The Anticlimactic Truth Behind the First Internet Mystery

Given both the internet’s universality and the anonymity it provides, it is flooded with mysteries, some revealed to simply be the works of artists, others the digital footprints of genuinely disturbed individuals.

But predating the canon of internet mysteries — Cicada 3301, Lake City Quiet Pills, etc — was the Markovian Parallax Denigrate, referred to on Wikipedia as “one of the first great puzzles on the internet.”

While the mystery was unsolved for over 20 years, someone—Cipher Mysteries—may have finally cracked the case.

What Is the Markovian Parallex Denigrate?

A screenshot of Usenet
A screenshot of Usenet, Source: Wikipedia

The Markovian Parallex Denigrate was a series of enigmatic messages posted to Usenet on August 5, 1996.

For those unaware, Usenet was a primitive discussion system that operated like a modern forum, allowing users to post chronologically ordered comments.

It contained multiple “groups,” which catered to the differing interests of users. 

Unlike modern forums, however, Usenet’s spam regulations were almost nonexistent.

So when the MPD posts began, many were quick to assume they were the work of an early troll, spamming nonsense for the sake of what we would today call “the lulz.”

Why the Name “Markovian Parallex Denigrate”?

A photo of lines of code
Source: Unsplash

Hundreds of messages were posted to Usenet; these messages contained seemingly unrelated word blocks that some have likened to bad slam poetry.

An example includes:

“Jitterbugging McKinley Abe break Newtonian inferring caw update Cohen air collaborate rue sportswriting rococo invocate tousle shadflower Debby Stirling pathogenesis escritoire adventitious novo ITT most chairperson Dwight Hertzog different pinpoint dunk McKinley pendant firelight Ur*nus episodic medicine ditty craggy flogging variac brotherhood Webb impromptu file countenance inheritance cohesion refrigerate morphine napkin inland Janeiro nameable yearbook hark”

The only commonality between the messages was a cryptic subject line: “Markovian Parallex Denigrate.”

The Prevailing Theories As to the Meaning of the Markovian Parallex Denigrate Messages

A photo of three computers in the foreground, lines of code in the background
Source: Pixabay

As previously stated, many assumed that the messages were an early example of trolling, an anonymous person manipulating his fellow Usenet denizens into believing this was something more significant than it really was.

If this was the case, people certainly took the bait, as others speculated that the messages were parts of a secret code, comparing them to the broadcasts of the Cold War numbers stations.

Multiple attempts to crack the supposed code—or even find some kind of cipher—have since proven fruitless.

In more recent years, a third theory emerged. It states that the messages were the product of some developer’s early attempt at creating a bot.

Believers in this theory cite the similarity between the word “Markovian” with the calculating process known as a “Markov chain,” which is used to program chatbots.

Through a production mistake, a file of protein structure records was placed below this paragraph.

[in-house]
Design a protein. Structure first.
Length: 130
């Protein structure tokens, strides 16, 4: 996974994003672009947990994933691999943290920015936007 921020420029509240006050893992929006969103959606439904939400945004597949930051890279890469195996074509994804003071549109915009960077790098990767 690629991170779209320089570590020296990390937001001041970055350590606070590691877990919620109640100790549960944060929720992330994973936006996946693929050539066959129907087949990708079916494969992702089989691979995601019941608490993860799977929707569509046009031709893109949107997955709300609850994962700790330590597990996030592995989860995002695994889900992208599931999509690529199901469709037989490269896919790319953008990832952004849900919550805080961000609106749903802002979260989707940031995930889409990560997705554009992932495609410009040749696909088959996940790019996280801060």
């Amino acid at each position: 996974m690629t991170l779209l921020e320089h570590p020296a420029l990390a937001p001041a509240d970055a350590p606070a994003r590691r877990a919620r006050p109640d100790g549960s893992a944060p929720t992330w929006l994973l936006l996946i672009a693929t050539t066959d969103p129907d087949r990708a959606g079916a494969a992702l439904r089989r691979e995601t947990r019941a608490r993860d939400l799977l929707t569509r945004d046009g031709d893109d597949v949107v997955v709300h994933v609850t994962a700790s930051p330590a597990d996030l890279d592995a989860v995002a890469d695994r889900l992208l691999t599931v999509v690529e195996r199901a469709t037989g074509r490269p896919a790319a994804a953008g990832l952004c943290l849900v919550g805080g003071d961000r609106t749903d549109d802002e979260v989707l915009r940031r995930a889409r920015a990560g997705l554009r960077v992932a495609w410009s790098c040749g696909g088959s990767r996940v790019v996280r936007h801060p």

The Susan Lindauer Red Herring

Purveyors of the secret code theory usually point to one person as being responsible for the messages: Susan Lindauer.

For those unaware, Susan Lindauer was a former U.S. Congressional staffer who was charged with “acting as an unregistered agent of a foreign government” during the run-up to the 2003 invasion of Iraq. Basically, she was a spy.

But what ties Susan Lindauer to the MPD mystery? Well, every Usenet message had an email address attached to it, and an email attached to one of the MPD messages was “susan_lindauer@…”

However, the connection to the CIA asset Susan Lindauer was debunked in 2012, when writer Kevin Morris discovered that the email account attached to the Usenet message had belonged to a different Susan Lindauer.

It, along with every other email address used to post the messages, had likely been stolen.

The Anticlimactic Truth of the Markovian Parallex Denigrate

A photo of planet Earth in the background, with lines of code in the foreground
Source: Pixabay

Despite the grandiose mythos surrounding the Markovian Parallex Denigrate mystery, its solution is not difficult to ascertain.

To find the complete list of MPD messages, you will have to visit Google Groups, Google’s archive service for Usenet.

In the news group, search for messages posted on August 5, 1996, and you will see all of the MPD messages, the majority of which are falsely thought to be lost to time.

According to a Cipher Mysteries analysis of the messages, the messages “are completely consistent with purely random distribution,” implying that they were indeed the product of a spambot. 

Search in the same news group for posts made two days later, and you will see a message from one Catherine Hampton reading, “I have personally verified that the following newsgroups have been hit by the current random-text vertical spam:

“News admin net-ab*se.misc




“I have also been mailbombed by this idiot…”

What Does It All Mean?

Clearly, the MPD messages were not as widespread as legend has made them out to be. They were not posted “across Usenet.”

Rather, they were posted almost exclusively to groups catering to Christians. Yes, behind the MPD messages was a troll using a spambot for no reason other than to annoy religious people. 

The mystery of the Markovian Parallex Denigrate is a real-world example of a game of telephone.

What was in reality nothing more than the almost effortless work of a troll has since been blown out of proportion, with web sleuths insisting that inane blocks of texts were posted publicly by a real-world spy. 

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